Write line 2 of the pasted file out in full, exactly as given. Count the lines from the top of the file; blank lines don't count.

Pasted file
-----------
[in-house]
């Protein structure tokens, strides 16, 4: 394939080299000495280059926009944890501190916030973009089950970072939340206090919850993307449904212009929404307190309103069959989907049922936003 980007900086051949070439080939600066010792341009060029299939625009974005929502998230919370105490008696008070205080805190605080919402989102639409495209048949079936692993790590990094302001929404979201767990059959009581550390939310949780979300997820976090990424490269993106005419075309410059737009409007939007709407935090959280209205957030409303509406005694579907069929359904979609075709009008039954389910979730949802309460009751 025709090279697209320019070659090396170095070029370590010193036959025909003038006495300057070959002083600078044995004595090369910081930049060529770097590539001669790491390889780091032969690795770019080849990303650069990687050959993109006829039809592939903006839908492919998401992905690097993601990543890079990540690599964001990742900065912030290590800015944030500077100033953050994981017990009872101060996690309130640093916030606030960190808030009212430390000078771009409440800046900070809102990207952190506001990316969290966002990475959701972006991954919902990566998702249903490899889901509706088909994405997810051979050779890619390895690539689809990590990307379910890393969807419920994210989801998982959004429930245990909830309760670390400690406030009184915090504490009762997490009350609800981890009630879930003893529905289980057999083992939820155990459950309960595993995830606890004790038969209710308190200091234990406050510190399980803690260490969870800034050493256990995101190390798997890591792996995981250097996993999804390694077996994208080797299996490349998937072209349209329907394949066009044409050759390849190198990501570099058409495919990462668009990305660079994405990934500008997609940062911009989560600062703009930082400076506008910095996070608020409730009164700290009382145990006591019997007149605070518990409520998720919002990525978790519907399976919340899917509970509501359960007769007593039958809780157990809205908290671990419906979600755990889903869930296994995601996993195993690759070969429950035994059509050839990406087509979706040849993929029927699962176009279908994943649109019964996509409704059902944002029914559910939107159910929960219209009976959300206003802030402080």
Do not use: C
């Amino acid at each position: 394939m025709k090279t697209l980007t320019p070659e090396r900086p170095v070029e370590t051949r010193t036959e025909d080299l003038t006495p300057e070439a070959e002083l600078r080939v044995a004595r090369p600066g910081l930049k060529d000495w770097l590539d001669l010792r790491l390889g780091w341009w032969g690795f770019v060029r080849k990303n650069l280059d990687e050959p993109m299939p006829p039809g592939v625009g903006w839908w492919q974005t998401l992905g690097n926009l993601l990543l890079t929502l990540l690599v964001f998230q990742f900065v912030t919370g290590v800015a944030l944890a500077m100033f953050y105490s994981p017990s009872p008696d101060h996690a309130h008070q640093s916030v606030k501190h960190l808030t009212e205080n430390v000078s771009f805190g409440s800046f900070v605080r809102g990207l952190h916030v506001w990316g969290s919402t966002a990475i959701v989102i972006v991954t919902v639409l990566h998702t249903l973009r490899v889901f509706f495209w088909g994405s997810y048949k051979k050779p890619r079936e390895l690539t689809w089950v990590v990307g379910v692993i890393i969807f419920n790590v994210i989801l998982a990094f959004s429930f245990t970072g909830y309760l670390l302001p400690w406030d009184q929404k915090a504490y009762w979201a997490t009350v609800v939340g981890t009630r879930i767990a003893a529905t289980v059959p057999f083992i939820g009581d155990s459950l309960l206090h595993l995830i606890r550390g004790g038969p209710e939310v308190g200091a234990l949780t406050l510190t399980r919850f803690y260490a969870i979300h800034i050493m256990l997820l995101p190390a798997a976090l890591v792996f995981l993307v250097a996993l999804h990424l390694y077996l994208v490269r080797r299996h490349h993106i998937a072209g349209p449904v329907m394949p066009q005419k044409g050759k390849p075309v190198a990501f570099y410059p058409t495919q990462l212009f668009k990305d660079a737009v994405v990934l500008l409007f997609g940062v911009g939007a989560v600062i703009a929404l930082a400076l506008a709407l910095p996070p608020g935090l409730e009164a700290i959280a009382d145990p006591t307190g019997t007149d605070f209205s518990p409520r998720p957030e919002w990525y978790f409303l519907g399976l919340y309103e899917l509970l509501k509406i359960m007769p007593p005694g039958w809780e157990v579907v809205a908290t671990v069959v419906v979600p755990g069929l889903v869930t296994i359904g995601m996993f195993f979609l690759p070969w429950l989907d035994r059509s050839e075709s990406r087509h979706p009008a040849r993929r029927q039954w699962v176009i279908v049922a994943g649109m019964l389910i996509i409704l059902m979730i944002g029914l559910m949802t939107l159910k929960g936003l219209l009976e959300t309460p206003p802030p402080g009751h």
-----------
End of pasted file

């Protein structure tokens, strides 16, 4: 394939080299000495280059926009944890501190916030973009089950970072939340206090919850993307449904212009929404307190309103069959989907049922936003 980007900086051949070439080939600066010792341009060029299939625009974005929502998230919370105490008696008070205080805190605080919402989102639409495209048949079936692993790590990094302001929404979201767990059959009581550390939310949780979300997820976090990424490269993106005419075309410059737009409007939007709407935090959280209205957030409303509406005694579907069929359904979609075709009008039954389910979730949802309460009751 025709090279697209320019070659090396170095070029370590010193036959025909003038006495300057070959002083600078044995004595090369910081930049060529770097590539001669790491390889780091032969690795770019080849990303650069990687050959993109006829039809592939903006839908492919998401992905690097993601990543890079990540690599964001990742900065912030290590800015944030500077100033953050994981017990009872101060996690309130640093916030606030960190808030009212430390000078771009409440800046900070809102990207952190506001990316969290966002990475959701972006991954919902990566998702249903490899889901509706088909994405997810051979050779890619390895690539689809990590990307379910890393969807419920994210989801998982959004429930245990909830309760670390400690406030009184915090504490009762997490009350609800981890009630879930003893529905289980057999083992939820155990459950309960595993995830606890004790038969209710308190200091234990406050510190399980803690260490969870800034050493256990995101190390798997890591792996995981250097996993999804390694077996994208080797299996490349998937072209349209329907394949066009044409050759390849190198990501570099058409495919990462668009990305660079994405990934500008997609940062911009989560600062703009930082400076506008910095996070608020409730009164700290009382145990006591019997007149605070518990409520998720919002990525978790519907399976919340899917509970509501359960007769007593039958809780157990809205908290671990419906979600755990889903869930296994995601996993195993690759070969429950035994059509050839990406087509979706040849993929029927699962176009279908994943649109019964996509409704059902944002029914559910939107159910929960219209009976959300206003802030402080």